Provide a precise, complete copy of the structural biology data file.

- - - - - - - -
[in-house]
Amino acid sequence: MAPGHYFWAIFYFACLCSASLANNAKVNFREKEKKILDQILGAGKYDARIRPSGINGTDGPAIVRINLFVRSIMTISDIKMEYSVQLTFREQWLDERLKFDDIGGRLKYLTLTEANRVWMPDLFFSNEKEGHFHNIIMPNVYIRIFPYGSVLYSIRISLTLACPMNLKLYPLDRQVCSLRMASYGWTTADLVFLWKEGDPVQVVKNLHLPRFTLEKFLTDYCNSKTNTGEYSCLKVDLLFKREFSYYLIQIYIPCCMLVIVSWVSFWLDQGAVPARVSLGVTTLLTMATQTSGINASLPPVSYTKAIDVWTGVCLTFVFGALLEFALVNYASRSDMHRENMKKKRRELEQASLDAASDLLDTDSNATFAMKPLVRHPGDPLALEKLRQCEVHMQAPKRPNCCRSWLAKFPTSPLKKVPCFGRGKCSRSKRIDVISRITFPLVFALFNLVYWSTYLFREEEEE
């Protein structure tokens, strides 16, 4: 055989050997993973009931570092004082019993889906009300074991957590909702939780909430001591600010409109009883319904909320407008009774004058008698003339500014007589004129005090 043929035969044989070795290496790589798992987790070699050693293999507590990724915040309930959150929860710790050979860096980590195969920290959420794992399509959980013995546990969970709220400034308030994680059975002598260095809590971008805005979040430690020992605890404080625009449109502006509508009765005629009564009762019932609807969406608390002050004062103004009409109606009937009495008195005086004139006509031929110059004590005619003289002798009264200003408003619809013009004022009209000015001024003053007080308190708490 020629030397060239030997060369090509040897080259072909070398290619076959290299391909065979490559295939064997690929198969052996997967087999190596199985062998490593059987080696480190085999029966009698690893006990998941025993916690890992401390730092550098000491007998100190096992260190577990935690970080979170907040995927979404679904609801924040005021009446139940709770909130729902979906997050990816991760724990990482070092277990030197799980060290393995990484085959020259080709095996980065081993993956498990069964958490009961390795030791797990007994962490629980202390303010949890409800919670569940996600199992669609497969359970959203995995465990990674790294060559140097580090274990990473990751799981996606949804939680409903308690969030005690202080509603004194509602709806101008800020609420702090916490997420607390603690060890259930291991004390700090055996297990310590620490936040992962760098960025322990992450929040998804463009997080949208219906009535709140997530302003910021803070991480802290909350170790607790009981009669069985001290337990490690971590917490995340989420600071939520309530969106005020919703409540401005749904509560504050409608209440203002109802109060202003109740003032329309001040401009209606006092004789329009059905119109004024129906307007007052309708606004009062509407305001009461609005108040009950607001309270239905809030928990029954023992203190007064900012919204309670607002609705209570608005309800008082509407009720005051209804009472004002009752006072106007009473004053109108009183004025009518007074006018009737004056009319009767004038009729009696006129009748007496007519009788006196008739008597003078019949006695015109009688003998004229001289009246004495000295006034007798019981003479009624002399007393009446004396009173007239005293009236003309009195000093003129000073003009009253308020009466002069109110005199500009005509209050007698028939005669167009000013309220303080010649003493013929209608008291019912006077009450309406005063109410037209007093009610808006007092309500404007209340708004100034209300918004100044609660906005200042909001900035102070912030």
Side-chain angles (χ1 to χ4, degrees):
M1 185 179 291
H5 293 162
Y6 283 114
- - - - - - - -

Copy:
[in-house]
Amino acid sequence: MAPGHYFWAIFYFACLCSASLANNAKVNFREKEKKILDQILGAGKYDARIRPSGINGTDGPAIVRINLFVRSIMTISDIKMEYSVQLTFREQWLDERLKFDDIGGRLKYLTLTEANRVWMPDLFFSNEKEGHFHNIIMPNVYIRIFPYGSVLYSIRISLTLACPMNLKLYPLDRQVCSLRMASYGWTTADLVFLWKEGDPVQVVKNLHLPRFTLEKFLTDYCNSKTNTGEYSCLKVDLLFKREFSYYLIQIYIPCCMLVIVSWVSFWLDQGAVPARVSLGVTTLLTMATQTSGINASLPPVSYTKAIDVWTGVCLTFVFGALLEFALVNYASRSDMHRENMKKKRRELEQASLDAASDLLDTDSNATFAMKPLVRHPGDPLALEKLRQCEVHMQAPKRPNCCRSWLAKFPTSPLKKVPCFGRGKCSRSKRIDVISRITFPLVFALFNLVYWSTYLFREEEEE
């Protein structure tokens, strides 16, 4: 055989050997993973009931570092004082019993889906009300074991957590909702939780909430001591600010409109009883319904909320407008009774004058008698003339500014007589004129005090 043929035969044989070795290496790589798992987790070699050693293999507590990724915040309930959150929860710790050979860096980590195969920290959420794992399509959980013995546990969970709220400034308030994680059975002598260095809590971008805005979040430690020992605890404080625009449109502006509508009765005629009564009762019932609807969406608390002050004062103004009409109606009937009495008195005086004139006509031929110059004590005619003289002798009264200003408003619809013009004022009209000015001024003053007080308190708490 020629030397060239030997060369090509040897080259072909070398290619076959290299391909065979490559295939064997690929198969052996997967087999190596199985062998490593059987080696480190085999029966009698690893006990998941025993916690890992401390730092550098000491007998100190096992260190577990935690970080979170907040995927979404679904609801924040005021009446139940709770909130729902979906997050990816991760724990990482070092277990030197799980060290393995990484085959020259080709095996980065081993993956498990069964958490009961390795030791797990007994962490629980202390303010949890409800919670569940996600199992669609497969359970959203995995465990990674790294060559140097580090274990990473990751799981996606949804939680409903308690969030005690202080509603004194509602709806101008800020609420702090916490997420607390603690060890259930291991004390700090055996297990310590620490936040992962760098960025322990992450929040998804463009997080949208219906009535709140997530302003910021803070991480802290909350170790607790009981009669069985001290337990490690971590917490995340989420600071939520309530969106005020919703409540401005749904509560504050409608209440203002109802109060202003109740003032329309001040401009209606006092004789329009059905119109004024129906307007007052309708606004009062509407305001009461609005108040009950607001309270239905809030928990029954023992203190007064900012919204309670607002609705209570608005309800008082509407009720005051209804009472004002009752006072106007009473004053109108009183004025009518007074006018009737004056009319009767004038009729009696006129009748007496007519009788006196008739008597003078019949006695015109009688003998004229001289009246004495000295006034007798019981003479009624002399007393009446004396009173007239005293009236003309009195000093003129000073003009009253308020009466002069109110005199500009005509209050007698028939005669167009000013309220303080010649003493013929209608008291019912006077009450309406005063109410037209007093009610808006007092309500404007209340708004100034209300918004100044609660906005200042909001900035102070912030």
Side-chain angles (χ1 to χ4, degrees):
M1 185 179 291
H5 293 162
Y6 283 114